Love was in the air when we disembarked that afternoon at Punta Espinoza on Fernandina Island. Earlier in the day we had seen several pairs of sea turtles mating at different times. One fellow traveller remarked it was no wonder the sea turtles were endangered because we kept disturbing them.
Within minutes on the new island I saw a Lava Heron fishing near the shore, a sea turtle missing a flipper, and a pair of Sally Lightfoot crabs mating in the rocks.
I lifted my head up from all the action on the shoreline and was amazed to see hundreds of marine iguanas lazing in the sun draped haphazardly across the hardened lava.
Along the trail a female Lava Lizard raced by with her tail held high, signaling to the males she was ready for action. A short time later we saw marine iguanas mating. It seemed pretty violent. The marine iguanas might look harmless because they don’t move much and have a vegetarian diet, but their mating rituals left me with a different impression.
I missed seeing the flightless cormorants mating, but turned around in time to see them building a seaweed nest together in preparation of the eggs.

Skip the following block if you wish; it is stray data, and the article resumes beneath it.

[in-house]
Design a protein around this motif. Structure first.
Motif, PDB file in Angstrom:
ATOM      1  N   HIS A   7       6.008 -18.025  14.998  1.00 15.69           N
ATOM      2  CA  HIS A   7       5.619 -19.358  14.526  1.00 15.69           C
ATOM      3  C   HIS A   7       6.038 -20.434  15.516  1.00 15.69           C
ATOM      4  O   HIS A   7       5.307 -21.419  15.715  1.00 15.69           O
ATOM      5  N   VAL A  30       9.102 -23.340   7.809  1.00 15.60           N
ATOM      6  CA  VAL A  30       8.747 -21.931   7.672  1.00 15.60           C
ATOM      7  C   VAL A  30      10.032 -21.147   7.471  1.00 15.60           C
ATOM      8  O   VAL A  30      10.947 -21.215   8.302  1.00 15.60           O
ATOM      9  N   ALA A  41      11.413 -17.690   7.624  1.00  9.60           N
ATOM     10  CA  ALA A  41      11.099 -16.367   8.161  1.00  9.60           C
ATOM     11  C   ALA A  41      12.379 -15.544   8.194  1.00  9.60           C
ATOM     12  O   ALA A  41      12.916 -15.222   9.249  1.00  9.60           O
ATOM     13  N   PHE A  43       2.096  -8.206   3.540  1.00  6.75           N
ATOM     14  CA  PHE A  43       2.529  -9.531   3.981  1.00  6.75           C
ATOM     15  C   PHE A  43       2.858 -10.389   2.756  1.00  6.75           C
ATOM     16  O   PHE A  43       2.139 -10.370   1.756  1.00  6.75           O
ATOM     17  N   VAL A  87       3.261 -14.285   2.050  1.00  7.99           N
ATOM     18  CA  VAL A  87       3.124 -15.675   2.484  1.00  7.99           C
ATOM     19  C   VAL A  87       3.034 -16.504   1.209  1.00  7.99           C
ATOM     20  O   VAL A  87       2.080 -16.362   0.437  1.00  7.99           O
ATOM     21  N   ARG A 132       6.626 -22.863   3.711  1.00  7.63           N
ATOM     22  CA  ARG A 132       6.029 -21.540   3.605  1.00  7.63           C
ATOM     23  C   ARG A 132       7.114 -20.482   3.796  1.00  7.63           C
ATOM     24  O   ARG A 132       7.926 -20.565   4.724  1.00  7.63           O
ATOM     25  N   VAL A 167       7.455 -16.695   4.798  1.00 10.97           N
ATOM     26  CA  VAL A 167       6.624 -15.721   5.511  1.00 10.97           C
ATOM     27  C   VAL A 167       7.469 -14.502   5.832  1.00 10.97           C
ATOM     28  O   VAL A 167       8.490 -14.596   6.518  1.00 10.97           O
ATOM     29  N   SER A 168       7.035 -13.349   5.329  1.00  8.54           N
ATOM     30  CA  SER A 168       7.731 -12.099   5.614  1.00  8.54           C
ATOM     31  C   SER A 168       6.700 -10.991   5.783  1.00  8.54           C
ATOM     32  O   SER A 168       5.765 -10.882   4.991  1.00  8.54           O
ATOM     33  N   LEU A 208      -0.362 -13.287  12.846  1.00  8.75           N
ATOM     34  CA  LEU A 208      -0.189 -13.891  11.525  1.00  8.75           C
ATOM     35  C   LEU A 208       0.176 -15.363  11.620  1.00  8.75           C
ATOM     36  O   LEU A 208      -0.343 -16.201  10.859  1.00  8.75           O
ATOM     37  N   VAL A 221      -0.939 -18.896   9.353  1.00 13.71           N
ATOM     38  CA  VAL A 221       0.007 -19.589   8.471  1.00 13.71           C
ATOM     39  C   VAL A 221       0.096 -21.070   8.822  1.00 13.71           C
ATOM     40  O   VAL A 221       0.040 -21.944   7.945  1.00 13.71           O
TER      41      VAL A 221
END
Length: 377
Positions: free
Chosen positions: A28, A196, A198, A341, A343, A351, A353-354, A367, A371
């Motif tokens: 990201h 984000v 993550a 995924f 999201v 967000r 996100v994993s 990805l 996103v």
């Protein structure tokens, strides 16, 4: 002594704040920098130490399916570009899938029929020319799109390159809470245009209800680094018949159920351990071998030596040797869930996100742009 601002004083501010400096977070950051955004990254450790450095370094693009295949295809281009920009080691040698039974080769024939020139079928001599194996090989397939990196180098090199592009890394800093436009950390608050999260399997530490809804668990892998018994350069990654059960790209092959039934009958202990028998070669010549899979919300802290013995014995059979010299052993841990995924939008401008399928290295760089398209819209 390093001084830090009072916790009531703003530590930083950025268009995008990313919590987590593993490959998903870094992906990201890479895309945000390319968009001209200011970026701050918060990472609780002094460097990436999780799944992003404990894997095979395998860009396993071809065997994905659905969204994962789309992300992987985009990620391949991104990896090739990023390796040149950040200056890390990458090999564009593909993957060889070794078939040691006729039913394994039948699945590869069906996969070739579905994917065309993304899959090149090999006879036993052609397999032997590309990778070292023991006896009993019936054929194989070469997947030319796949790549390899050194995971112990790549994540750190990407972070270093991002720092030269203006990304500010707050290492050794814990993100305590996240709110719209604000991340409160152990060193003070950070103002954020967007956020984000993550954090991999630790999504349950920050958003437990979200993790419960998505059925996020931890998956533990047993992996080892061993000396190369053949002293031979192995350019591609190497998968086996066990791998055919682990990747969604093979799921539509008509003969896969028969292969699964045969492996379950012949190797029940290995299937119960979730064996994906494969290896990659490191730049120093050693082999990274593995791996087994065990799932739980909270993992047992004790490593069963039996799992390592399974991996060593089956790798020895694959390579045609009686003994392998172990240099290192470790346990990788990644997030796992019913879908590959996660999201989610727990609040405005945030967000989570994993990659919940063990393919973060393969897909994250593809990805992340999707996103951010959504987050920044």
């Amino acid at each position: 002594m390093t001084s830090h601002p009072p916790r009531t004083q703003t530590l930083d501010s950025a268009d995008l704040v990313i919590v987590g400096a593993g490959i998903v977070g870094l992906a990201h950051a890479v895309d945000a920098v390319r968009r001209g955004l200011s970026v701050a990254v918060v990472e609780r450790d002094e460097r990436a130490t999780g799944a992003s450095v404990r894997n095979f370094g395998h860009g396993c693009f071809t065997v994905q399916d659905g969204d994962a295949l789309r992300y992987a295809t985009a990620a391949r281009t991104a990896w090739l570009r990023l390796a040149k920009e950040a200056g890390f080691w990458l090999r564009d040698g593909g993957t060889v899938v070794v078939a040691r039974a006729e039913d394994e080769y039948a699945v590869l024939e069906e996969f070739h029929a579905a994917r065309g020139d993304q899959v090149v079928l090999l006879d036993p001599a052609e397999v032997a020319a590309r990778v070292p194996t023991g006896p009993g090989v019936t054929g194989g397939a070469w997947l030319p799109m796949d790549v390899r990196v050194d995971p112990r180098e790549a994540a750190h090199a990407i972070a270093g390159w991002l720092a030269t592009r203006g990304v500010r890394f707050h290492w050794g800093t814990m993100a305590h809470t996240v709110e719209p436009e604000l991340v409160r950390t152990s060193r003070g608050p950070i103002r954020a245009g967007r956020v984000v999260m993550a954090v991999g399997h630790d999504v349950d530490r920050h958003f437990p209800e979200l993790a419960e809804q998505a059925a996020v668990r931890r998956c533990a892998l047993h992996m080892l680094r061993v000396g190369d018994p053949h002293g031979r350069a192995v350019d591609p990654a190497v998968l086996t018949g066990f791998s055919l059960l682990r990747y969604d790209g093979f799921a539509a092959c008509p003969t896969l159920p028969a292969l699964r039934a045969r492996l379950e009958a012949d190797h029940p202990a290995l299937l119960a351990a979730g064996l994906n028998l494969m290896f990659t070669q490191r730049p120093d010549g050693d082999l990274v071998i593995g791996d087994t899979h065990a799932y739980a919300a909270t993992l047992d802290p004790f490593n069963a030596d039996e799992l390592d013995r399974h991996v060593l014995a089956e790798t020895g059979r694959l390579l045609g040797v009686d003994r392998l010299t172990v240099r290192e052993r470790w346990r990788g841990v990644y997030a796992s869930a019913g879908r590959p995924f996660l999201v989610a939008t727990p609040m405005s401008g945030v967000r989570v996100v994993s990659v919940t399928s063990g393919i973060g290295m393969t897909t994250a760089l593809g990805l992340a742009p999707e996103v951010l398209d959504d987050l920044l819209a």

We continued our walk across the expanse of lava into a mangrove complete with red, white, and black varieties. A Galapagos Snake lay motionless in the sun, blending seamlessly into the rocks. Looking across the terrain, composed of tumbled, swirled lava budding with fresh, green mangrove shoots, was again like travelling back in time. This was the beginning.
We took a few moments to relax at the edge of a brackish lagoon, watching sea turtles swim around lazily and tiny fishes slurping algae off the rocks near our feet. A few feet away a small sea lion snoozed peacefully on the rocks. Scattered on the rocks were more marine iguanas, barely moving and sometimes difficult to avoid stepping on since the muted tones of their skin often matched the stones.
Trekking back across the lava field to leave I could see time racing forward. The mangroves thickened and became denser, forming a canopy protecting me from the late afternoon sun. I spied a Galapagos Mockingbird, one of the first species that got Darwin thinking, before boarding the panga back to the boat.